.interp - This section holds the pathname of a program interpreter. If the file has a loadable segment that includes the section, the section's attributes will include the SHF_ALLOC bit. Otherwise, that bit will be off.

.line - This section holds line number information for symbolic debugging, which describes the correspondence between the program source and the machine code. The contents are unspecified.

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ELF Sections Cont…

.note - This section holds information in the ``Note Section'' format described below.

.plt - This section holds the procedure linkage table.

.relNAME - This section holds relocation information. By convention, ``NAME'' is supplied by the section to which the relocations apply. Thus a relocation section for .text normally would have the name .rel.text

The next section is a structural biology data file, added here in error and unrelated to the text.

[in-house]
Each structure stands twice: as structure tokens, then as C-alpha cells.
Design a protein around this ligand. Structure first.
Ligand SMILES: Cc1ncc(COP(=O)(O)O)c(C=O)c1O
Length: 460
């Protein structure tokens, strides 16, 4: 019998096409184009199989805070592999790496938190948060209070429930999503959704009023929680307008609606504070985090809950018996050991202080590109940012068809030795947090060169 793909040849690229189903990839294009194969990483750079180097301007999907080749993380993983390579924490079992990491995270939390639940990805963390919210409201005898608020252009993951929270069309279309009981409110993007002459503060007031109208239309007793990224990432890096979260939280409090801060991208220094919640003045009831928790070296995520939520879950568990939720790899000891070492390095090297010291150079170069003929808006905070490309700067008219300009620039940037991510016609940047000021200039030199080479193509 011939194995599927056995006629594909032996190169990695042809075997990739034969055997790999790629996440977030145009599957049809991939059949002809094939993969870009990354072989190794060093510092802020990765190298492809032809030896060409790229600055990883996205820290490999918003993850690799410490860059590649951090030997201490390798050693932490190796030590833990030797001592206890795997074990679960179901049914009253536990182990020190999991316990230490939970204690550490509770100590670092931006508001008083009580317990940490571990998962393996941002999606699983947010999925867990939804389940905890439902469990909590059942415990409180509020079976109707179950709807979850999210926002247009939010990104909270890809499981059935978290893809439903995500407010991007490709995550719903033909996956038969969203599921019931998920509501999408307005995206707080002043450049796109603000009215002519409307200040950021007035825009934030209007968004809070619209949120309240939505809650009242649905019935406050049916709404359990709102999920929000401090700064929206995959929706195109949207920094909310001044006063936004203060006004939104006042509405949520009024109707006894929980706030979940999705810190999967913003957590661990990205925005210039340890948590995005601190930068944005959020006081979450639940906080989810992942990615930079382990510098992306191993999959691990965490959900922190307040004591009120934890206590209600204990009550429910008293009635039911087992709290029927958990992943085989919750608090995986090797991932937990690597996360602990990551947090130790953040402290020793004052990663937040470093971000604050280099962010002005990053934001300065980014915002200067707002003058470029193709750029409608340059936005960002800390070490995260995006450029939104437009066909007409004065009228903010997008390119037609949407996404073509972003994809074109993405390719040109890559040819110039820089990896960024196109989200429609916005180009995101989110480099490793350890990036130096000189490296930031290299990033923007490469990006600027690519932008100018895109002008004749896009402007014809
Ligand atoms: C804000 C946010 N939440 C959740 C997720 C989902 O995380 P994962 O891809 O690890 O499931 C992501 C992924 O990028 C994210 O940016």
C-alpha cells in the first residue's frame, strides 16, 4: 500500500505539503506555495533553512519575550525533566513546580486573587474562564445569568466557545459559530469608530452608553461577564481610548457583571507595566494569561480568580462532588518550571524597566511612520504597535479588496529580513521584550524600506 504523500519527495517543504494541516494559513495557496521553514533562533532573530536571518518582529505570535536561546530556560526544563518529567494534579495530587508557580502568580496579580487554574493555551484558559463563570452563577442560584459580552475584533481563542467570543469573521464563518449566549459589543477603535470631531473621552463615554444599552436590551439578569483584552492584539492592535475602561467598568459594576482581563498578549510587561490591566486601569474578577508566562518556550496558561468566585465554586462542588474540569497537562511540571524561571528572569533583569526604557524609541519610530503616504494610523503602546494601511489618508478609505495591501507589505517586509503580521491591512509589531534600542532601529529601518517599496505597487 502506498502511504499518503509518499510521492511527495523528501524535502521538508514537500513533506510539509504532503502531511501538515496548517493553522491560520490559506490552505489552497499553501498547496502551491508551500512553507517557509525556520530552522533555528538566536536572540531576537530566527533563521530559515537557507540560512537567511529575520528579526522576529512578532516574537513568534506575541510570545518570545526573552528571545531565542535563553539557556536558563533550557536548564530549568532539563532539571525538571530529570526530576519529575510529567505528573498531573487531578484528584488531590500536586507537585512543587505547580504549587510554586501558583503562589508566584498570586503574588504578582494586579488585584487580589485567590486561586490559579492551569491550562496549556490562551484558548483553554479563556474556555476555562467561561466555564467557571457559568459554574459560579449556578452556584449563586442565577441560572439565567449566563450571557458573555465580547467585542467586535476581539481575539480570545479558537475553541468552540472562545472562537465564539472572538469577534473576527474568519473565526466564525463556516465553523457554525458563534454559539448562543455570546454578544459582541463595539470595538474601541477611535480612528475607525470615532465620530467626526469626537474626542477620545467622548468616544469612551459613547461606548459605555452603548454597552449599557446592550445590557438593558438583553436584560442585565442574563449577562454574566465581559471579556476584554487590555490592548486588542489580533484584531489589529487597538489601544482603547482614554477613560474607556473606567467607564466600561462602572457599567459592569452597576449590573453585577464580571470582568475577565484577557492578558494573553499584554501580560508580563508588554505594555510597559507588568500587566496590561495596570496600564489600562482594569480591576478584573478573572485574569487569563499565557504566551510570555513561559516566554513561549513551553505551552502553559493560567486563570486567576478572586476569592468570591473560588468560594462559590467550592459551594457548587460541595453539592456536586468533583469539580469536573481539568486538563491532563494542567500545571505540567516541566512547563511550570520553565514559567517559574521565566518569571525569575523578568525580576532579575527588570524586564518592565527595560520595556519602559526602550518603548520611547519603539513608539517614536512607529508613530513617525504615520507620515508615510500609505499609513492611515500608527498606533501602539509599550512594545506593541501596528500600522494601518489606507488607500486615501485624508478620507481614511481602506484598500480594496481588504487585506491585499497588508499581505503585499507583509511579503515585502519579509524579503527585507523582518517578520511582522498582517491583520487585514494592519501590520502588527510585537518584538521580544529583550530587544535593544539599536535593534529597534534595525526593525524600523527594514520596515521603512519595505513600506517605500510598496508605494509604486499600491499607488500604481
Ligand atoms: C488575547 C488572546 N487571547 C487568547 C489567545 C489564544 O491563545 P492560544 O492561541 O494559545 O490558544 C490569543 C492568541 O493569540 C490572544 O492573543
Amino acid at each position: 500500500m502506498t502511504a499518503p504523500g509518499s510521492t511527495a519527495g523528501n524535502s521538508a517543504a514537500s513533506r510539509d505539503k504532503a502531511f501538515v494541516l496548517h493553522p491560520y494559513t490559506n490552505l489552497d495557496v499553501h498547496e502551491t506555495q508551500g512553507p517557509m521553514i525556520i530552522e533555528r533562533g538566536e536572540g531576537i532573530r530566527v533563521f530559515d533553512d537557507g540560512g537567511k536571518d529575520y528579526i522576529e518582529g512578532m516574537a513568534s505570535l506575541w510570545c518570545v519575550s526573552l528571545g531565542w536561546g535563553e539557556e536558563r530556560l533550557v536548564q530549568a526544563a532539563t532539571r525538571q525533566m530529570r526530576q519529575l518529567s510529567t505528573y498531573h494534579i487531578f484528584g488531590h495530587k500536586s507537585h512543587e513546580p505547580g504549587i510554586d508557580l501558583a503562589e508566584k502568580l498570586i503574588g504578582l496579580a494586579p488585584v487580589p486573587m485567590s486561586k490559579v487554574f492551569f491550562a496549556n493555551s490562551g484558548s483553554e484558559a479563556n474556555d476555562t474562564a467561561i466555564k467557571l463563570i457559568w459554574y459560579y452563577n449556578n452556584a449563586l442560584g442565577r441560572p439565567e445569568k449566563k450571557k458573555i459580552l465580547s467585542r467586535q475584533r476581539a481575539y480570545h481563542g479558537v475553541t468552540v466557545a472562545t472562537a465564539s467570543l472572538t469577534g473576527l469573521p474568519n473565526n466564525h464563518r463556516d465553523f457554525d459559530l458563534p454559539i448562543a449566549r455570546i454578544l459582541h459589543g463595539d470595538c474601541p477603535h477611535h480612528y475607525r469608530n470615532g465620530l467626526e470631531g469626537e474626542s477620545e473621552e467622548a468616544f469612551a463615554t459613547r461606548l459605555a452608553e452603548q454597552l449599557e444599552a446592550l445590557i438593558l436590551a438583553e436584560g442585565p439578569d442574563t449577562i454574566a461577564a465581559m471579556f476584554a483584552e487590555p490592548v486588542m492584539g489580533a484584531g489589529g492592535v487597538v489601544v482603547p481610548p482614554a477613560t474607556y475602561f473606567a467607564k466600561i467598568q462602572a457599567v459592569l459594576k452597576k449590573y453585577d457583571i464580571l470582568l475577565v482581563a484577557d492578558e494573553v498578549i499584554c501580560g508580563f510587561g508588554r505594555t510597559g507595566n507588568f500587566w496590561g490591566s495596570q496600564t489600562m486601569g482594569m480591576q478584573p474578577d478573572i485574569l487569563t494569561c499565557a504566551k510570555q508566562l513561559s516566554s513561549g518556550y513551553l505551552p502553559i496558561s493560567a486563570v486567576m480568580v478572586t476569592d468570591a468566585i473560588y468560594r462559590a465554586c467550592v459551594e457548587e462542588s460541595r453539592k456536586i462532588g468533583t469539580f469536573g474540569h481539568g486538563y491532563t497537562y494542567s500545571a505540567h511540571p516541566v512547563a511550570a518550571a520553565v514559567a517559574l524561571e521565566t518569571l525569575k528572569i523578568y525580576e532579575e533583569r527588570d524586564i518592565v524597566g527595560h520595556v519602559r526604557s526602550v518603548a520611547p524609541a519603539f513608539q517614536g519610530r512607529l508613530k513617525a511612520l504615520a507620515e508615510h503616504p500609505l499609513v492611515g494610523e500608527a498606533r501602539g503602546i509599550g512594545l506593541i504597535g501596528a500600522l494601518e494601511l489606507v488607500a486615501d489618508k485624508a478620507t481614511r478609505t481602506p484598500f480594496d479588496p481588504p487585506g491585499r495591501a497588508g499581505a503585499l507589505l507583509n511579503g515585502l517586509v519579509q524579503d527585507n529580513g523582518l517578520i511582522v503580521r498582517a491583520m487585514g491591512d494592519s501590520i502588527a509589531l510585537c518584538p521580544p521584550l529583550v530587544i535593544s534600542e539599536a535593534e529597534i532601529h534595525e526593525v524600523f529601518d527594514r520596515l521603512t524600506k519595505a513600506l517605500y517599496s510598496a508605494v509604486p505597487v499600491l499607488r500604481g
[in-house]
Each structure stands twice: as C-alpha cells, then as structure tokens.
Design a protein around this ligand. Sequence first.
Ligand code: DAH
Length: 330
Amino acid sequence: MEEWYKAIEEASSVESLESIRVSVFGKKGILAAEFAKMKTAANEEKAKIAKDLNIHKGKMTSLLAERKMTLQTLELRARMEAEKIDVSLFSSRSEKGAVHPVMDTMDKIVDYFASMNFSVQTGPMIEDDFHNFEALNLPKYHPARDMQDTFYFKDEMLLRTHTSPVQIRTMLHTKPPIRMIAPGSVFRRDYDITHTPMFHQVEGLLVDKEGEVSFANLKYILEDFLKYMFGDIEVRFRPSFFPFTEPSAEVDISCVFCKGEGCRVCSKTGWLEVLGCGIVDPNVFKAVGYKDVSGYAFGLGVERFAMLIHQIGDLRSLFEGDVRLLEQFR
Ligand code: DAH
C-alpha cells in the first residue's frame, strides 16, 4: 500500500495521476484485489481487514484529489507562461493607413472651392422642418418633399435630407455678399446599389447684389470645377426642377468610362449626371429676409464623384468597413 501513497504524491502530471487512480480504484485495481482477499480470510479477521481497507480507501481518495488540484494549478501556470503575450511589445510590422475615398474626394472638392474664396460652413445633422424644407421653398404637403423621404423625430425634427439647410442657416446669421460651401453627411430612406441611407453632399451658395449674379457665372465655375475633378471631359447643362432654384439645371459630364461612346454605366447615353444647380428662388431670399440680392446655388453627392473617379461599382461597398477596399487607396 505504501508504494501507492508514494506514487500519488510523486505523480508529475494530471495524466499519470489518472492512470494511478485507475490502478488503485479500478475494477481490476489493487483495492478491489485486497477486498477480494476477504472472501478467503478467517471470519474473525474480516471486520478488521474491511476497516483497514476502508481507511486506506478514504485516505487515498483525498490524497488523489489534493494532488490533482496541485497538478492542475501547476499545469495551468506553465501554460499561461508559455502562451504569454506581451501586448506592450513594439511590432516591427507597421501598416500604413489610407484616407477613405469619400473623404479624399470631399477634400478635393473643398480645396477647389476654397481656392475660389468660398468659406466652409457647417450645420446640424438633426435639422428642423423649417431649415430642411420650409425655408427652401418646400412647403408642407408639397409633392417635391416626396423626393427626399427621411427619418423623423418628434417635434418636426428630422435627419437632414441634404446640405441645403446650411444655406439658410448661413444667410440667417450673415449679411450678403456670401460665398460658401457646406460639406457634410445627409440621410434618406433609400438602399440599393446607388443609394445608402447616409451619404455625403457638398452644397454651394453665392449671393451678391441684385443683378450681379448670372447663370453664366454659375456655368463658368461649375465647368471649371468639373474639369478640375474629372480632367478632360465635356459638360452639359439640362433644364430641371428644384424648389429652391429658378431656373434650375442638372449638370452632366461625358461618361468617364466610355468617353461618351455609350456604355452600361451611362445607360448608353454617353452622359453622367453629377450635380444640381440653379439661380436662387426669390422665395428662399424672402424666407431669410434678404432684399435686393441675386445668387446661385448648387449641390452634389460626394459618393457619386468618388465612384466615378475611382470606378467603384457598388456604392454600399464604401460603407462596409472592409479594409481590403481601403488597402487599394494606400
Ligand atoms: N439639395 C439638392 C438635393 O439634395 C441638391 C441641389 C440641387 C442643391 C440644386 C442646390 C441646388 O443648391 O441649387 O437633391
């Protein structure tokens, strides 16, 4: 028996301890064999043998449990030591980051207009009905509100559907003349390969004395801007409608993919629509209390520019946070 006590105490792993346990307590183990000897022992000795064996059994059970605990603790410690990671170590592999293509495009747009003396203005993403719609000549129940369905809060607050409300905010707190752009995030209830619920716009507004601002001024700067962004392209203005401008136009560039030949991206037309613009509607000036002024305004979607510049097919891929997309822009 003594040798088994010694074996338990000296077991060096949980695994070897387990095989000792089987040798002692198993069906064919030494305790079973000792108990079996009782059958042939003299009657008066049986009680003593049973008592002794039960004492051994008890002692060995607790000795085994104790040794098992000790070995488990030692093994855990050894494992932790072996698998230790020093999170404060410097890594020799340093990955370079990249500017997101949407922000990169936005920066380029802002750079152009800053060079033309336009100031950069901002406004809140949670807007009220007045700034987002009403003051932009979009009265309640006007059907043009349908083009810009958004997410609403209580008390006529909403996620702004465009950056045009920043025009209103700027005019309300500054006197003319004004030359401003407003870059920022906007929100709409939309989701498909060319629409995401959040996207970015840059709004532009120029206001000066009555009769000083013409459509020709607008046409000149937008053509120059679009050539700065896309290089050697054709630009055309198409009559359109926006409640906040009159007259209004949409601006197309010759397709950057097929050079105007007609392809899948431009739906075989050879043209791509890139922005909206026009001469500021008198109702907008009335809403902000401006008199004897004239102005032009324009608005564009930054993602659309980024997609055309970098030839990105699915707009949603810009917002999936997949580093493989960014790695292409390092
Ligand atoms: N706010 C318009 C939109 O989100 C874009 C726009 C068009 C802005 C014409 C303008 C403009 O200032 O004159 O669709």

.rodata - This section holds read-only data that typically contributes to a non- writable segment in the process image.

.rodata1 - This section holds read-only data that typically contributes to a non- writable segment in the process image.

.shstrtab - This section holds section names.

.strtab - This section holds strings, most commonly the strings that represent the names associated with symbol table entries.

.symtab - This section holds a symbol table. If the file has a loadable segment that includes the symbol table, the section's attributes will include the SHF_ALLOC bit. Otherwise the bit will be off.

.text - This section holds the ``text'' or executable instructions, of a program.

Executable formats cont l.jpg
Executable Formats Cont…

  • PE – Portable Executable

    • History

      Microsoft migrated to the PE format with the introduction of the Windows NT 3.1 operating system. It is based of a modified form of the UNIX COFF format

    • What uses PE

      • Windows NT

      • Window 2000

      • Windows XP